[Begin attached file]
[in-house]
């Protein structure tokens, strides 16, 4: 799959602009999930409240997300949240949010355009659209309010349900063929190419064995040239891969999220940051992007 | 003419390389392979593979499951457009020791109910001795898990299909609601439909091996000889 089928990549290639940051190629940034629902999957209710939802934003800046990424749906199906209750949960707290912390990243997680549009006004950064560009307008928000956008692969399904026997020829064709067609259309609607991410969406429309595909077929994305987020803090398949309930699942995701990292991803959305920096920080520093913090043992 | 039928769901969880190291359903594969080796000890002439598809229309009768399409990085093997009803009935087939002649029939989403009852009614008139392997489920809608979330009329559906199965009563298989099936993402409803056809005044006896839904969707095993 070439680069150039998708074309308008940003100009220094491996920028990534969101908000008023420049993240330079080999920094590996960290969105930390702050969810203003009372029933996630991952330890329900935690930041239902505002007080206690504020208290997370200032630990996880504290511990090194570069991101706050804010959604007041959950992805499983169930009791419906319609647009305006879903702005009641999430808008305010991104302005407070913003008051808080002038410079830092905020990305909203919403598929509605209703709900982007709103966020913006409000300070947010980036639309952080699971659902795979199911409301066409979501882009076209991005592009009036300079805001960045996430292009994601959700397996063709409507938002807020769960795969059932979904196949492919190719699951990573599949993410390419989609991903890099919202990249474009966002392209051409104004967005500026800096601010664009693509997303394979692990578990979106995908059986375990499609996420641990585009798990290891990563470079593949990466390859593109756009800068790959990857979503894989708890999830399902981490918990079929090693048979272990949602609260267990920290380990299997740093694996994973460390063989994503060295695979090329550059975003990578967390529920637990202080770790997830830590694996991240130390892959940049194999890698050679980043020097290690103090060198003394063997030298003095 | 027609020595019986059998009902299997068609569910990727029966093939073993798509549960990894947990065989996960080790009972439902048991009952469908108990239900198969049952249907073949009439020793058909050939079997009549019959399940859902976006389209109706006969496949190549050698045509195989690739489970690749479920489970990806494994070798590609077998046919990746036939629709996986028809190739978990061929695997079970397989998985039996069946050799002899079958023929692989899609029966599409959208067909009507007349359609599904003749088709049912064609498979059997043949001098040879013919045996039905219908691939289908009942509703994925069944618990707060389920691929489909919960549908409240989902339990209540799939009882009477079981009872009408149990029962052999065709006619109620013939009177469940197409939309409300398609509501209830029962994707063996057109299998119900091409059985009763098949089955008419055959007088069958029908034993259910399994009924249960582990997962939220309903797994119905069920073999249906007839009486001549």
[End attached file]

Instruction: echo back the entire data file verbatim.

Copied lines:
[in-house]
């Protein structure tokens, strides 16, 4: 799959602009999930409240997300949240949010355009659209309010349900063929190419064995040239891969999220940051992007 | 003419390389392979593979499951457009020791109910001795898990299909609601439909091996000889 089928990549290639940051190629940034629902999957209710939802934003800046990424749906199906209750949960707290912390990243997680549009006004950064560009307008928000956008692969399904026997020829064709067609259309609607991410969406429309595909077929994305987020803090398949309930699942995701990292991803959305920096920080520093913090043992 | 039928769901969880190291359903594969080796000890002439598809229309009768399409990085093997009803009935087939002649029939989403009852009614008139392997489920809608979330009329559906199965009563298989099936993402409803056809005044006896839904969707095993 070439680069150039998708074309308008940003100009220094491996920028990534969101908000008023420049993240330079080999920094590996960290969105930390702050969810203003009372029933996630991952330890329900935690930041239902505002007080206690504020208290997370200032630990996880504290511990090194570069991101706050804010959604007041959950992805499983169930009791419906319609647009305006879903702005009641999430808008305010991104302005407070913003008051808080002038410079830092905020990305909203919403598929509605209703709900982007709103966020913006409000300070947010980036639309952080699971659902795979199911409301066409979501882009076209991005592009009036300079805001960045996430292009994601959700397996063709409507938002807020769960795969059932979904196949492919190719699951990573599949993410390419989609991903890099919202990249474009966002392209051409104004967005500026800096601010664009693509997303394979692990578990979106995908059986375990499609996420641990585009798990290891990563470079593949990466390859593109756009800068790959990857979503894989708890999830399902981490918990079929090693048979272990949602609260267990920290380990299997740093694996994973460390063989994503060295695979090329550059975003990578967390529920637990202080770790997830830590694996991240130390892959940049194999890698050679980043020097290690103090060198003394063997030298003095 | 027609020595019986059998009902299997068609569910990727029966093939073993798509549960990894947990065989996960080790009972439902048991009952469908108990239900198969049952249907073949009439020793058909050939079997009549019959399940859902976006389209109706006969496949190549050698045509195989690739489970690749479920489970990806494994070798590609077998046919990746036939629709996986028809190739978990061929695997079970397989998985039996069946050799002899079958023929692989899609029966599409959208067909009507007349359609599904003749088709049912064609498979059997043949001098040879013919045996039905219908691939289908009942509703994925069944618990707060389920691929489909919960549908409240989902339990209540799939009882009477079981009872009408149990029962052999065709006619109620013939009177469940197409939309409300398609509501209830029962994707063996057109299998119900091409059985009763098949089955008419055959007088069958029908034993259910399994009924249960582990997962939220309903797994119905069920073999249906007839009486001549």